State Health Dept. warns against tick-borne virus Powassan

(WHAM photo)

Victor, N.Y. - The New York State Health Department is alerting families about a potentially life-threatening tick-borne illness called Powassan.

There have been two confirmed cases in Saratoga County, and a possible third. One man died from the virus in June.

Health experts say this is rare, with 26 cases in New York. Five resulted in death, in 17 years.

A local girls scouts' summer camp is taking extra precautions because of it.

"One of our rules is that they must wear shoes and socks, so their ankles are covered and their feet are covered all day," said camp director Mary Beth Sullivan.

Kids are outdoors all day, swimming, playing hop scotch or hiking in nearby trails, where there are all sorts of bugs - including ticks.

The first line of defense for these campers is sun screen and bug spray.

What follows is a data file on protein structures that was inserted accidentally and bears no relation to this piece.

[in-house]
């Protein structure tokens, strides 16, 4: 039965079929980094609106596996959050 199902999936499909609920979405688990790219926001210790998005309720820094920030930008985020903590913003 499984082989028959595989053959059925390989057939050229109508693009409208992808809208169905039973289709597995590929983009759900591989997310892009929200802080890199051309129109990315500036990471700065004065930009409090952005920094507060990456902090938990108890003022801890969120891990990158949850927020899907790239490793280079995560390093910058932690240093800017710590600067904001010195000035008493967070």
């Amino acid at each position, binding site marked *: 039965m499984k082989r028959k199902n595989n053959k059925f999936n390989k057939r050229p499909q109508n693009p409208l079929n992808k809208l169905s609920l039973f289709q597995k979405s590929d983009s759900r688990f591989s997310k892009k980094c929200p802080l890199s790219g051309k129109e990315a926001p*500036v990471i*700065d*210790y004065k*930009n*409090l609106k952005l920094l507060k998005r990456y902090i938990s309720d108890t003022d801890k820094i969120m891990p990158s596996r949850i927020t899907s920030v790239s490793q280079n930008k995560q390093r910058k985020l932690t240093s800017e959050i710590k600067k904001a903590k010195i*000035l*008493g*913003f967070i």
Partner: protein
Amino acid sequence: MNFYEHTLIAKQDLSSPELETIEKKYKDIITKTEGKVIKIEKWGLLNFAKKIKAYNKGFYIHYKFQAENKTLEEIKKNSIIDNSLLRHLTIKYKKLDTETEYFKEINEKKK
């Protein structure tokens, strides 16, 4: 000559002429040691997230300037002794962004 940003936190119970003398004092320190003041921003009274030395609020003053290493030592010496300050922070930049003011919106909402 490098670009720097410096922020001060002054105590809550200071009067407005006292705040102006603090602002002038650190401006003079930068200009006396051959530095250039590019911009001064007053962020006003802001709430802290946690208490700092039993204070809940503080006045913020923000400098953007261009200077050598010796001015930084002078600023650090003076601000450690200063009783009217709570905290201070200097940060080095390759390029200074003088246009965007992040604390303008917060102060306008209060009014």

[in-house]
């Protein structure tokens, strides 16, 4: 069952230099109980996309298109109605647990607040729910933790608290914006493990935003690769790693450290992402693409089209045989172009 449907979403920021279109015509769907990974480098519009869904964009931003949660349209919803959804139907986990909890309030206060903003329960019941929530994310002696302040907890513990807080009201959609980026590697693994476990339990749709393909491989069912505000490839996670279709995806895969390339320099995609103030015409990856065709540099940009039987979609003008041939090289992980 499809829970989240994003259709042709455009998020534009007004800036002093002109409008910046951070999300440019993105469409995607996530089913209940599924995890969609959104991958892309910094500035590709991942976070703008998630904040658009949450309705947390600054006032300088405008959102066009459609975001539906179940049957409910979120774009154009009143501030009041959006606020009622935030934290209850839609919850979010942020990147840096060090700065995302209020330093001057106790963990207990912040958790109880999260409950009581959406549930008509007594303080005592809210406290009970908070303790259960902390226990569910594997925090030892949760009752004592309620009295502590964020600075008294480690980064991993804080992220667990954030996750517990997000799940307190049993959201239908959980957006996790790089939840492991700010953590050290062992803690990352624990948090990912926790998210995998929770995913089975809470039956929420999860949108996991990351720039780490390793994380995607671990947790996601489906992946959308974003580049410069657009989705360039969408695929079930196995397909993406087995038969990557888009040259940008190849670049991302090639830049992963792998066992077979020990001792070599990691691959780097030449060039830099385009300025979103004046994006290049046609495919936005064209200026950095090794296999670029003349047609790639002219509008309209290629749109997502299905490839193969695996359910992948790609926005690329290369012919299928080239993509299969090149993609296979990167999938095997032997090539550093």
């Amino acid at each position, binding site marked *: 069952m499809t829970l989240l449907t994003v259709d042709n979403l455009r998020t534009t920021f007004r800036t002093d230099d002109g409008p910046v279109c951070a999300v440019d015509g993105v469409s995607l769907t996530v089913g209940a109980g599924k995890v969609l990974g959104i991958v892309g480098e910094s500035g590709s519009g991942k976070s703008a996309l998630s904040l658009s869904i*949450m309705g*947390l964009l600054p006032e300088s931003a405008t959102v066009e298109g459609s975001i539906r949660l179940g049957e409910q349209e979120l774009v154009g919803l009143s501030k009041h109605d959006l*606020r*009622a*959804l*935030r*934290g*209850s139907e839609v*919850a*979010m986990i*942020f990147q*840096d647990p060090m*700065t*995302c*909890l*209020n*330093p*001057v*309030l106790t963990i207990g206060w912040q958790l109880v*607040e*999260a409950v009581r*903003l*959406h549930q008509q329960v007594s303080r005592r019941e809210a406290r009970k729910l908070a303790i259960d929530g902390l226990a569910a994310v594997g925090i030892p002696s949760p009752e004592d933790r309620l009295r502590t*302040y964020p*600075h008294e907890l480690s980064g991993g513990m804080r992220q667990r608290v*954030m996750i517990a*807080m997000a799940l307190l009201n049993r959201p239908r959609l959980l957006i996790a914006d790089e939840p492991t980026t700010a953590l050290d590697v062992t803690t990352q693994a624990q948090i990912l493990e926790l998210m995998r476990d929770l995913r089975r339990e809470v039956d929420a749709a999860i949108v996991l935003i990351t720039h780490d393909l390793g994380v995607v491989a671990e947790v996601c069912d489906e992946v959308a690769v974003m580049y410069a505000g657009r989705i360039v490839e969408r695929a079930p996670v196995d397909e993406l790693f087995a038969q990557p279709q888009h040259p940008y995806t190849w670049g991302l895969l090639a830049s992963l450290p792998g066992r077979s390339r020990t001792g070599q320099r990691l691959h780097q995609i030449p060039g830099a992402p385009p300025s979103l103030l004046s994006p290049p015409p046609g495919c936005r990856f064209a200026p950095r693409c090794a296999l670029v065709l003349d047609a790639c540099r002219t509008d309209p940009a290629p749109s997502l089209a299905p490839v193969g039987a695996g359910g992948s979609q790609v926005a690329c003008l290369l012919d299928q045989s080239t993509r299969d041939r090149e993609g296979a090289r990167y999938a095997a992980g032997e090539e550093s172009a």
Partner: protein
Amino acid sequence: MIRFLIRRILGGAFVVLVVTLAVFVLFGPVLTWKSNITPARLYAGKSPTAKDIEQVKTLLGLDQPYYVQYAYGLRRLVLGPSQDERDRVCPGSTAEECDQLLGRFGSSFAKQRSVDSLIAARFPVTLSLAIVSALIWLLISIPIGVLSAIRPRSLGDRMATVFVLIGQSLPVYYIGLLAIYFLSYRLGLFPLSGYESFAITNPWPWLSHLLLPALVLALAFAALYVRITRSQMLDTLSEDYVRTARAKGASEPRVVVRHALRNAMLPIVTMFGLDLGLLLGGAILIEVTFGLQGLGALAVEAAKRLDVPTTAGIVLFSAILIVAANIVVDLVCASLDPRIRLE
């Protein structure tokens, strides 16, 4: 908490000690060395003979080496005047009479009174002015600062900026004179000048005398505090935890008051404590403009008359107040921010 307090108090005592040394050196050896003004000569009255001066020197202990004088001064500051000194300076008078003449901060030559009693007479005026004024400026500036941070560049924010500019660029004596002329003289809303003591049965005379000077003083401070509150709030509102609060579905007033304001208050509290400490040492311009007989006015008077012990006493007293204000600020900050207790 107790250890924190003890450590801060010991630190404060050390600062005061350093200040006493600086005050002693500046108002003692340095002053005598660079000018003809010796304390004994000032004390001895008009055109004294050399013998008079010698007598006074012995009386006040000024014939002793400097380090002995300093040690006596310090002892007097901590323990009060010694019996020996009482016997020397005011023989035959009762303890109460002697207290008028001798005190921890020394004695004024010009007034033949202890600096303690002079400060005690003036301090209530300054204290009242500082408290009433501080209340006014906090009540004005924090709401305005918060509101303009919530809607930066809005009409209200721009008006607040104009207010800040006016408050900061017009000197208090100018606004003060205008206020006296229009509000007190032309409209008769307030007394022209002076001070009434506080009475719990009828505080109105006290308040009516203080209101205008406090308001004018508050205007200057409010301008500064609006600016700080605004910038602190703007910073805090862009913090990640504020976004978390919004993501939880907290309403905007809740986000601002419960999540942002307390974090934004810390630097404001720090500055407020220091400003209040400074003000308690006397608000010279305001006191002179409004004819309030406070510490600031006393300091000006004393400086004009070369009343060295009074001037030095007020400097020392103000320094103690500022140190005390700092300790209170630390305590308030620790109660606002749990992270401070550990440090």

“We meet with our staff every day,” Sullivan said. “It’s a reminder that we give them, it’s something to watch for. Reminding everyone to check consistently.”

The Health Department is collecting and testing 200 ticks in Saratoga County to determine if there’s more to the two Powassan virus cases, or if there's just a rare occurrence.

Powassan is transmitted through deer ticks, which also transmit Lyme disease. Not all ticks carry the potentially-deadly virus.

The state recommends people walk in the middle of trails, instead of the edge. Wear light clothing so you can easily see ticks when checking your pants and shirts. Experts suggest looking behind your ears, bra straps, groin area and hairline for ticks.

The Piperwood camp director said they give the girls a good look-over before leaving outdoor activities.

"We encourage them to check at home, parents, as well, at night, if they've been out all day," she said. "We do believe it's important. That's why each morning we make sure that they put their bug spray on, and do it later on during the day, just for that layer of protection."

The Health Department says Powassan hasn't been detected in Monroe County. The closest cases were found in Cortland and Lewis Counties.

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